by Jake Carver



Sam Fox is a young actress and filmmaker who has spent the last decade studying theatre, acting in indie films, and creating her own travel show, "Adventures of Sam Sam." She recently collaborated with director Ace Thor to create her debut short film, Wowzers. It’s a dark, surreal horror film that follows an exploration of the human psyche and duality. Wowzers screens tonight, June 21st, 11:45pm at the Chinese Theater. Watch the trailer below.

FLAUNT had the opportunity to talk to Fox about her project over the phone.

Could you talk about Wowzers? What is it?

It’s is my debut reel. Wowzers is a project with Ace Thor, who is the director, editor, and sound designer, while I am the producer and lead actress. We wrote it together, and at 38 minutes like to call Wowzers a novella. It’s a psychedelic, surreal dreamscape horror-thriller about a woman suffering from an internal conflict, the duality that exists within her. To explore her true self she goes on this journey through her subconscious. It’s a psychedelic, surreal dreamscape horror-thriller about a woman suffering from an internal conflict, the duality that exists within her. To explore her true self she goes on this journey through her subconscious. It’s wacky, it’s weird, it’s wonderful.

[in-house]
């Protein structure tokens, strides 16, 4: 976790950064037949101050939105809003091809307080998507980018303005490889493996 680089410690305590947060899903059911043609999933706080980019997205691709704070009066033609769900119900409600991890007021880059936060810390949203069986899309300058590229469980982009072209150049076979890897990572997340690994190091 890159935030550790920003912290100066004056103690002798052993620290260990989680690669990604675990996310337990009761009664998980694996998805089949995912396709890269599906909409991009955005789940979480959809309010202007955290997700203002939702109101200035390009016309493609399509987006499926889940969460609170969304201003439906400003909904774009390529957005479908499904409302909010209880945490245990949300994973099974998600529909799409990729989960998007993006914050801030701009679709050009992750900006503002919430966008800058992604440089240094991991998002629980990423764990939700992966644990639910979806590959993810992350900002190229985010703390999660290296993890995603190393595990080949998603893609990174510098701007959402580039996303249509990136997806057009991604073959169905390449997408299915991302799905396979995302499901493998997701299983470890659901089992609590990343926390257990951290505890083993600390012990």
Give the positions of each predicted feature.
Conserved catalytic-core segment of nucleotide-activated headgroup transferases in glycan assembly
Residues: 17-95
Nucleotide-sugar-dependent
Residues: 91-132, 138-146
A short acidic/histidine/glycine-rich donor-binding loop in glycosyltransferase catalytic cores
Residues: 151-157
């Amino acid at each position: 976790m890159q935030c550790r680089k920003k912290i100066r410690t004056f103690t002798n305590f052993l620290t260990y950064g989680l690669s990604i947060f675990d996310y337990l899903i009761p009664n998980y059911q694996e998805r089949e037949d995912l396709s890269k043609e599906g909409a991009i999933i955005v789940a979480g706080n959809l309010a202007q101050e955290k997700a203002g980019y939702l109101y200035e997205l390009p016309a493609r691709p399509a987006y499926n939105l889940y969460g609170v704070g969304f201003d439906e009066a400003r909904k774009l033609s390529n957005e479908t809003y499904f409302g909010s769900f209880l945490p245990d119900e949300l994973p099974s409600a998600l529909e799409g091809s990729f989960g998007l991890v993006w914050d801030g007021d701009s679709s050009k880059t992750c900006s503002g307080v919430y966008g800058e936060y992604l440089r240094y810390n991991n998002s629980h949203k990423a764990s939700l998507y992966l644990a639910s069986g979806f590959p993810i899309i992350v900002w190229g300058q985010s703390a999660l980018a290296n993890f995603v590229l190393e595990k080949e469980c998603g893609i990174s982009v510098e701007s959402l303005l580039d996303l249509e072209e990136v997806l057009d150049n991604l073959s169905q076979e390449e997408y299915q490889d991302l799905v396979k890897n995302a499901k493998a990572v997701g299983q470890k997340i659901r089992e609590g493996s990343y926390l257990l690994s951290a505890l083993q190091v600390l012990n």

How did this project come into being?

Ace and I attend the same acting school. It’s actually his parents’ acting school that they have had for about twenty years. So I’ve known Ace for a while, and I had just come back from a summer stint at RADA (Royal Academy of Dramatic Art) in London doing classical and Shakespearean acting. I had never written before, just acted, but I thought, “Well, if Shakespeare can do it, so can I.” I came back home with just a name, “Wowzers.” I talked to Ace and we tried to put together a script, but we couldn’t get anything past the title of the film.